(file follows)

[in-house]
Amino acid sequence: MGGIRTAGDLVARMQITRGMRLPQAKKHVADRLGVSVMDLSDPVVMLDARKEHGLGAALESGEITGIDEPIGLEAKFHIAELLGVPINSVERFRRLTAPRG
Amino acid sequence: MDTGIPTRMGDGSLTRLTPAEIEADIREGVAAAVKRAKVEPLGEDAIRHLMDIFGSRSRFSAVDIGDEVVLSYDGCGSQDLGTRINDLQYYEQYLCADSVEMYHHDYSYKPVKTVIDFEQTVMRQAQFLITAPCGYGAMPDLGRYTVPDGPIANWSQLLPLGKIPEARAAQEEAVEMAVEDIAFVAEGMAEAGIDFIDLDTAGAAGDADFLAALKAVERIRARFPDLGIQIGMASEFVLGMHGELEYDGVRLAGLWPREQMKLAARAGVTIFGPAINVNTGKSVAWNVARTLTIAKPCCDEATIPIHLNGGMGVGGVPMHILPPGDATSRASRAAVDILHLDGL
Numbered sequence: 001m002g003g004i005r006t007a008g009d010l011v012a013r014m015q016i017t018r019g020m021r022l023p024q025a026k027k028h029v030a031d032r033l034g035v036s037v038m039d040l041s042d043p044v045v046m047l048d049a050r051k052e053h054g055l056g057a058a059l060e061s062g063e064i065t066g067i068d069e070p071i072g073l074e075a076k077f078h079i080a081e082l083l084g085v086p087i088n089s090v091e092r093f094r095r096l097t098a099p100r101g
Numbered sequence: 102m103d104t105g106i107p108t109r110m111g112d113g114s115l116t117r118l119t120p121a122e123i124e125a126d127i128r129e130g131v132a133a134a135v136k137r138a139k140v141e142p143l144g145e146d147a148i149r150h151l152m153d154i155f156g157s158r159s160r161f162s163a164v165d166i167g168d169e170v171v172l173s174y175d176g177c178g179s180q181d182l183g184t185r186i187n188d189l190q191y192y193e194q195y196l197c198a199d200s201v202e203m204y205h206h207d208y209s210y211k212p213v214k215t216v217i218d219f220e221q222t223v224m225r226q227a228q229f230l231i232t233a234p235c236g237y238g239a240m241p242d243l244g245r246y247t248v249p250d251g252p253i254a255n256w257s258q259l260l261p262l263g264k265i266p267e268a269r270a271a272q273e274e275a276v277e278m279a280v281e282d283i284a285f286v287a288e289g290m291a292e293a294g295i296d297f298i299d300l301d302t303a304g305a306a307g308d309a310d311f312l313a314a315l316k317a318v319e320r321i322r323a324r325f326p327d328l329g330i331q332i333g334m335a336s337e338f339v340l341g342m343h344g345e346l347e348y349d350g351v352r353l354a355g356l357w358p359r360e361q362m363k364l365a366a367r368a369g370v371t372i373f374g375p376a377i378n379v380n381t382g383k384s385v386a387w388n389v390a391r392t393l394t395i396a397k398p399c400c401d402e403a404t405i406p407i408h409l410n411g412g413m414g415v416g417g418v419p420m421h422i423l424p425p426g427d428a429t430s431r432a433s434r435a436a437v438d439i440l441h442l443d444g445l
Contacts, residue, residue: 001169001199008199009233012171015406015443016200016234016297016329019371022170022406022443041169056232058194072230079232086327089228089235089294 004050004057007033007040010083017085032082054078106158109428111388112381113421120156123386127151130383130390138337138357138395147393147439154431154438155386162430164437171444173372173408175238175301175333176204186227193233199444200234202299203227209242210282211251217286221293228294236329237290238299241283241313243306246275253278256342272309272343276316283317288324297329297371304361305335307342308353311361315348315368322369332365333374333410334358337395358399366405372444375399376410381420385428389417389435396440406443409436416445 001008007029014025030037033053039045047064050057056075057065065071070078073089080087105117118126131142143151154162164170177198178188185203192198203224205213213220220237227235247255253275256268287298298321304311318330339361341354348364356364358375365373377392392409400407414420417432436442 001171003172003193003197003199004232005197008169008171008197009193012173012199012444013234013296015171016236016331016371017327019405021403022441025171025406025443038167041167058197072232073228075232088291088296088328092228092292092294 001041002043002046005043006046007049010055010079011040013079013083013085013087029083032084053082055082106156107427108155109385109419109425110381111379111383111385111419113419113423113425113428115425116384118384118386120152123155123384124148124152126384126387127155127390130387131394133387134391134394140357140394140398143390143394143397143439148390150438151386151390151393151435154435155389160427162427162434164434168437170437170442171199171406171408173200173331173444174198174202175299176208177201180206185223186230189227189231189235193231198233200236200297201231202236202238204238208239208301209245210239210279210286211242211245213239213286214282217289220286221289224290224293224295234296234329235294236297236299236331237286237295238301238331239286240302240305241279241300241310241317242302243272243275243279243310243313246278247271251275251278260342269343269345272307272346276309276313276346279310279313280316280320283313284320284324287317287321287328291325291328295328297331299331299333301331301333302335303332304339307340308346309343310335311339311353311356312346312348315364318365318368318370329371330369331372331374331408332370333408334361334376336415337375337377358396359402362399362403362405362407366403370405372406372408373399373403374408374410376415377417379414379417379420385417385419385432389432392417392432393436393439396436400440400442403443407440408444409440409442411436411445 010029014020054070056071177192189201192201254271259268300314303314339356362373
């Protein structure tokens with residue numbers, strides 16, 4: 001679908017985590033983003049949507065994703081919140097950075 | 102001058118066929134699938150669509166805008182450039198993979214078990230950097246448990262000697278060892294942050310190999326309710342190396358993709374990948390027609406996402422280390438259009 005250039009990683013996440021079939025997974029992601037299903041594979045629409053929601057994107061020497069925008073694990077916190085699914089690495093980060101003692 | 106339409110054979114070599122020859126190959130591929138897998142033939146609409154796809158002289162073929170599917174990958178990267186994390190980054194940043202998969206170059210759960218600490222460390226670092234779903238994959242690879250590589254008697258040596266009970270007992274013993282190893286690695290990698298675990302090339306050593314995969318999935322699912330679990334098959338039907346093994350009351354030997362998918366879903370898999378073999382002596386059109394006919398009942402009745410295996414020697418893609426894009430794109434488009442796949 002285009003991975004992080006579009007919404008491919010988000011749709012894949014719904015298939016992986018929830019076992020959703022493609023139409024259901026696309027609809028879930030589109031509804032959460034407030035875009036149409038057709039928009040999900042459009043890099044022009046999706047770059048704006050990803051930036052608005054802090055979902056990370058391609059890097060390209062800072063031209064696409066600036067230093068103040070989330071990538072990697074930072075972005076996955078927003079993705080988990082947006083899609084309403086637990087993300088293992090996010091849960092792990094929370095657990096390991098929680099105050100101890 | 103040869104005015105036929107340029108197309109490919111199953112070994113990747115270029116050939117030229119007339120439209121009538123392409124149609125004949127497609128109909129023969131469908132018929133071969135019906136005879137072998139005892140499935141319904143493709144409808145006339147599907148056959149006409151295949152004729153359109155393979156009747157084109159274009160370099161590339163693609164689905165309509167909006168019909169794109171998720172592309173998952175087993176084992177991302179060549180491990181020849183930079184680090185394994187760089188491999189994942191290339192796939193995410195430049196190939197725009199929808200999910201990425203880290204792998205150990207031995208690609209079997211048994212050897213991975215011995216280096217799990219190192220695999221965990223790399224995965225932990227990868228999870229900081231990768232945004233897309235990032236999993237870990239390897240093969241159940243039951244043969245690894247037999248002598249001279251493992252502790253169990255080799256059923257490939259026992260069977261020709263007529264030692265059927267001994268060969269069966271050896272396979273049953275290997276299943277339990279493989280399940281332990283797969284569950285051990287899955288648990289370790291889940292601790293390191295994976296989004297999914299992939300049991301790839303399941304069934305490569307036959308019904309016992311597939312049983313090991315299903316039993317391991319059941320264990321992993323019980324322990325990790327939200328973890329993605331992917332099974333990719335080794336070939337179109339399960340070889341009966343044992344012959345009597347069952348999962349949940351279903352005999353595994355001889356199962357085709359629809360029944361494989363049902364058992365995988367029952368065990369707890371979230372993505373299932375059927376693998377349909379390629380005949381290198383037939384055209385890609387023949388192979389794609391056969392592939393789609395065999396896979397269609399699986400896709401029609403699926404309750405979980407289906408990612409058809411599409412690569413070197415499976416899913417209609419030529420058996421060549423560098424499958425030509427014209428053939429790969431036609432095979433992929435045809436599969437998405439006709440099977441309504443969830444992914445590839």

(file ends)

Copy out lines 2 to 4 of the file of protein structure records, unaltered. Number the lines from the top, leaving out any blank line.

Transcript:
Amino acid sequence: MGGIRTAGDLVARMQITRGMRLPQAKKHVADRLGVSVMDLSDPVVMLDARKEHGLGAALESGEITGIDEPIGLEAKFHIAELLGVPINSVERFRRLTAPRG
Amino acid sequence: MDTGIPTRMGDGSLTRLTPAEIEADIREGVAAAVKRAKVEPLGEDAIRHLMDIFGSRSRFSAVDIGDEVVLSYDGCGSQDLGTRINDLQYYEQYLCADSVEMYHHDYSYKPVKTVIDFEQTVMRQAQFLITAPCGYGAMPDLGRYTVPDGPIANWSQLLPLGKIPEARAAQEEAVEMAVEDIAFVAEGMAEAGIDFIDLDTAGAAGDADFLAALKAVERIRARFPDLGIQIGMASEFVLGMHGELEYDGVRLAGLWPREQMKLAARAGVTIFGPAINVNTGKSVAWNVARTLTIAKPCCDEATIPIHLNGGMGVGGVPMHILPPGDATSRASRAAVDILHLDGL
Numbered sequence: 001m002g003g004i005r006t007a008g009d010l011v012a013r014m015q016i017t018r019g020m021r022l023p024q025a026k027k028h029v030a031d032r033l034g035v036s037v038m039d040l041s042d043p044v045v046m047l048d049a050r051k052e053h054g055l056g057a058a059l060e061s062g063e064i065t066g067i068d069e070p071i072g073l074e075a076k077f078h079i080a081e082l083l084g085v086p087i088n089s090v091e092r093f094r095r096l097t098a099p100r101g